Unfortunately, having two units far enough away that they can't hear eachother is problematic. We had this at a brush fire once and being the company radio nerd, I'm the only one that noticed it. I had to manually switch things around to keep people talking.

Posted: Thu Feb 09, 2006 9:36 pm
by apco25
Jim,

There is a VIP VRS enable option available for the spectra units that will what you want.

Posted: Fri Feb 10, 2006 7:11 pm
by 007
apco25 wrote:Jim,

There is a VIP VRS enable option available for the spectra units that will what you want.


SWEET :D

Re: Help with Pyramid Repeater SVR-200

Posted: Fri Jan 01, 2016 1:51 pm
by Royur
The Icom CI-V interface works perfect for the SVR-200v http://www.cqham.ru/ci-v_icom.htm

73's

RC

Re: thanks...

Posted: Mon Feb 01, 2016 6:00 pm
by Jim202
pluto1914 wrote:humhead...i don't know if the repeaters are setup properly...after reading the service manual and your post I have come to that conclusion. The audio that comes accross the repeater freq on certain apparatus sounds terrible...almost inaudible, it's full of noise. All i was attempting to do was program in a receive PL so that we do not hear the chatter that goes on outside of my department...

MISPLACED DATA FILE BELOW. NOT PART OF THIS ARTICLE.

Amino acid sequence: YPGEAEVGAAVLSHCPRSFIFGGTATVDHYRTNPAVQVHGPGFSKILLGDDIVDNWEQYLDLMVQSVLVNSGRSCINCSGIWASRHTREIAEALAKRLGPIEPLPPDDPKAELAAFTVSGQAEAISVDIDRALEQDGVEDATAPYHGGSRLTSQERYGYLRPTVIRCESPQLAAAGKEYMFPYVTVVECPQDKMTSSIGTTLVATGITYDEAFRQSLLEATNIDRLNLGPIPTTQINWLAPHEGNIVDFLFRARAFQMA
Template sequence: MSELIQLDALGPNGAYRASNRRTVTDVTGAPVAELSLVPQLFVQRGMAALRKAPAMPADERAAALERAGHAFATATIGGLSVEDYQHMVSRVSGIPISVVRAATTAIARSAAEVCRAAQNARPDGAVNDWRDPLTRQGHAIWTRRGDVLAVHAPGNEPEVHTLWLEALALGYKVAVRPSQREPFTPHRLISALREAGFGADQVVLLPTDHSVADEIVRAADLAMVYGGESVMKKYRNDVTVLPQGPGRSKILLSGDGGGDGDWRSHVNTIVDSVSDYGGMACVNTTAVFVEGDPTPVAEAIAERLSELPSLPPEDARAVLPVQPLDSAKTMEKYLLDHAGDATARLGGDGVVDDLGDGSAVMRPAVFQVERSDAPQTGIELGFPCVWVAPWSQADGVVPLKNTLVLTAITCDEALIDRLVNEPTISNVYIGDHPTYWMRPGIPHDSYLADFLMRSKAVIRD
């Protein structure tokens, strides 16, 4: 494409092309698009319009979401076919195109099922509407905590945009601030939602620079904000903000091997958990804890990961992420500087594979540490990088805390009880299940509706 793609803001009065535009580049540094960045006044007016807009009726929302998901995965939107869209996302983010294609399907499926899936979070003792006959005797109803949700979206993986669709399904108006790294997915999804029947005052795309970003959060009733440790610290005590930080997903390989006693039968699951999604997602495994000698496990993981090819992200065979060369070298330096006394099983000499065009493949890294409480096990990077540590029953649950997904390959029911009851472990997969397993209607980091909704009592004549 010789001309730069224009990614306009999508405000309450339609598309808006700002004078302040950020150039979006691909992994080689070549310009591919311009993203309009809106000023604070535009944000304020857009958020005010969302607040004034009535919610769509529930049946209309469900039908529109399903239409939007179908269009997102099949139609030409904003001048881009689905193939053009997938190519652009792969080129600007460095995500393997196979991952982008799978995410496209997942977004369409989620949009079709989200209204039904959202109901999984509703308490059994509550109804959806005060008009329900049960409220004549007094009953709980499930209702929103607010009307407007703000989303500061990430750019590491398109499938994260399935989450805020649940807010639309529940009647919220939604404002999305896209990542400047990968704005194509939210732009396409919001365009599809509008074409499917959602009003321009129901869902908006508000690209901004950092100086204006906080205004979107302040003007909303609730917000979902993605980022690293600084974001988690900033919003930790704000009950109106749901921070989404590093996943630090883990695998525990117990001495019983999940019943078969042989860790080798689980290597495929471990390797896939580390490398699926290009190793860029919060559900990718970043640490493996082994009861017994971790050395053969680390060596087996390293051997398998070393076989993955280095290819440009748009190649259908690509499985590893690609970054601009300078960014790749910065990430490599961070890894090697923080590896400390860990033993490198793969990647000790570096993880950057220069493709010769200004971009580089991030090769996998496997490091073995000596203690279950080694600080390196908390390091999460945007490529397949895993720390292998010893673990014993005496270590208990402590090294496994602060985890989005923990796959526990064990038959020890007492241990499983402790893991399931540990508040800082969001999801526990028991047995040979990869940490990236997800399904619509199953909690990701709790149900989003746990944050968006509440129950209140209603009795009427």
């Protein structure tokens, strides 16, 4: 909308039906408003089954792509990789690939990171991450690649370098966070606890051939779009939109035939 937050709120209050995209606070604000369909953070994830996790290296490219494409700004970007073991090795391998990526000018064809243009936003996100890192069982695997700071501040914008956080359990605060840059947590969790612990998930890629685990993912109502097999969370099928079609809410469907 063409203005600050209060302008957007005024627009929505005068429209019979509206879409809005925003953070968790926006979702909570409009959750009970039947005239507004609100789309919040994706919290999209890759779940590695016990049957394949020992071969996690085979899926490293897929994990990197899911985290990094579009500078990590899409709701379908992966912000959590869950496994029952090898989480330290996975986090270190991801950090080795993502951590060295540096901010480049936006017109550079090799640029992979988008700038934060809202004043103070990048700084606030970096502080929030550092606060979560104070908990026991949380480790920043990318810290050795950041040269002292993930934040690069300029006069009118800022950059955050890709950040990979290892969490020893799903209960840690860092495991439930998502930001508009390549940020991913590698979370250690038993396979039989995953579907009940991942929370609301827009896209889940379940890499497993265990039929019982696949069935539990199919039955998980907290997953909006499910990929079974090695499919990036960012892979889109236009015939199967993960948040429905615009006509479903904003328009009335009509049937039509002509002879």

My bet is on the pass through audio level from the receiver to the transmitter is set way too high. The age old problem of a repeater audio being driven way into compression.

Jim

Re: Help with Pyramid Repeater SVR-200

Posted: Tue Feb 02, 2016 9:48 am
by jackhackett
In case you didn't realize it, this topic was from ten years ago.

Re: Help with Pyramid Repeater SVR-200

Posted: Tue Feb 02, 2016 8:36 pm
by Jim202
jackhackett wrote:In case you didn't realize it, this topic was from ten years ago.


It may be a really old posting, but the issues are still the same today. There are some people that still haven't learned how to set up repeater throughput audio levels and the problems the wrong adjustments cause.

Jim